Electrochemically Active: Surface Modification of Carbon Materials

by | Jun 1, 2012

New research studies the surface modification of graphene for use in lithium-ion batteries.

A low-magnification SEM image of the surface-modified graphene electrode.

Surface modification is an intriguing strategy to tailor the surface chemistry of carbon materials to modify their electrochemical performance. Graphene, a novel two-dimensional carbon, is expected to be a high-power electrode material for lithium ion batteries due to its unique properties. However, the complex surface chemistry of chemically-derived graphene can induce solid electrolyte interphase passivation by electrolyte reduction or decomposition, and thus produce a fast degradation in performance.

Recently, the Cheng group reported LiF-nanoparticle-modified graphene as a high-rate, large capacity electrode for Li-ion batteries. The LiF nanoparticles covering the active sites of the graphene surface provide an extra Li source and act as an effective passivation inhibiter, suppressing electrolyte decomposition reactions, reducing interphase thickness, and consequently accelerating Li-ion diffusion and improving the thermodynamic stability of the electrode.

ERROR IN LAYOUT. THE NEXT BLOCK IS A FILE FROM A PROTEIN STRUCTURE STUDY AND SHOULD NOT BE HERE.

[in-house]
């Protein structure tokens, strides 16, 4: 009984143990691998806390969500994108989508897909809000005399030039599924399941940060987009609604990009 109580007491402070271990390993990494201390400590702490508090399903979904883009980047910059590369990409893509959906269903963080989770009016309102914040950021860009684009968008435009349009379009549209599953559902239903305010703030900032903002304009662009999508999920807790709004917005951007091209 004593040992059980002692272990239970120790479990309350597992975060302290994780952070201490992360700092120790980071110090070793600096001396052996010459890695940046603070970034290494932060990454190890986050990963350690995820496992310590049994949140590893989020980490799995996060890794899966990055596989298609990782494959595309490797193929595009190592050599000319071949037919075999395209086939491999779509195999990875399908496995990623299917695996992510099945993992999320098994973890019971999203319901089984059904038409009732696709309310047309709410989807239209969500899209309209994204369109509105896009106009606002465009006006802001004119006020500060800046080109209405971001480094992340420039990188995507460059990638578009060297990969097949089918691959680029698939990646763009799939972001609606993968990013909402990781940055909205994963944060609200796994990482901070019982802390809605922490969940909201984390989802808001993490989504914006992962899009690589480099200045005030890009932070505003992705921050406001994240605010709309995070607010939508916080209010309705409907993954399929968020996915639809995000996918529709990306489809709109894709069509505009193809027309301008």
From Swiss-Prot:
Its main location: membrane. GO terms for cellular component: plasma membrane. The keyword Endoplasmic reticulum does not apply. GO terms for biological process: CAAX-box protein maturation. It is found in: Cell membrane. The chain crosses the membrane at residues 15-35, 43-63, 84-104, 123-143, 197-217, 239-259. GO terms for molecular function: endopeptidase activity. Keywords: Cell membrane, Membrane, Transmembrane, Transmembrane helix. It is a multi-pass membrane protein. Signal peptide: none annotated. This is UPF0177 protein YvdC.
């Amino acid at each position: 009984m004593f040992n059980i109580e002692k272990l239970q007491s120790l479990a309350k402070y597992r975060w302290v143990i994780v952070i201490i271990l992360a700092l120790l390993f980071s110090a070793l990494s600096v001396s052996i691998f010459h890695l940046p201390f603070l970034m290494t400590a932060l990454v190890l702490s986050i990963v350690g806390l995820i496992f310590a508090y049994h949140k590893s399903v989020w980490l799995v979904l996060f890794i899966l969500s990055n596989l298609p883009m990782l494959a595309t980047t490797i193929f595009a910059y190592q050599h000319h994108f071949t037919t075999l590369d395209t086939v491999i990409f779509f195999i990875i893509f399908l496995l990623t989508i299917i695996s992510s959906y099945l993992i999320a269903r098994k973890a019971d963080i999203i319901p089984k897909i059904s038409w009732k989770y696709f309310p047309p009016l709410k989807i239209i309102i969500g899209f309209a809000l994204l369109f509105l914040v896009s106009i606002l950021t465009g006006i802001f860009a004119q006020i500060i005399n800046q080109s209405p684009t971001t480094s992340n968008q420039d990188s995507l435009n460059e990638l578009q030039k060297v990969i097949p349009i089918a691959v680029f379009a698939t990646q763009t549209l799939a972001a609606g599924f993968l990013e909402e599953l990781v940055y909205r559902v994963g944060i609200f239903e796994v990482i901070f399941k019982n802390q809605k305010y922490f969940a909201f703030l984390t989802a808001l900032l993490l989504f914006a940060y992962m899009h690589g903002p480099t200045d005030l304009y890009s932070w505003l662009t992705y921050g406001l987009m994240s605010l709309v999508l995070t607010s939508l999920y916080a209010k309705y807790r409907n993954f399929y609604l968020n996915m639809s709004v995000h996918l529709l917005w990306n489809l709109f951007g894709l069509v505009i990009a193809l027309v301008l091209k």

This surface-modified graphene electrode shows excellent lithium storage performance with a large capacity, excellent cyclic life, high rate ability, and high power and energy densities. This work provides new insights into the research and development of high-power Li-iom batteries by the surface modification of electrode materials.

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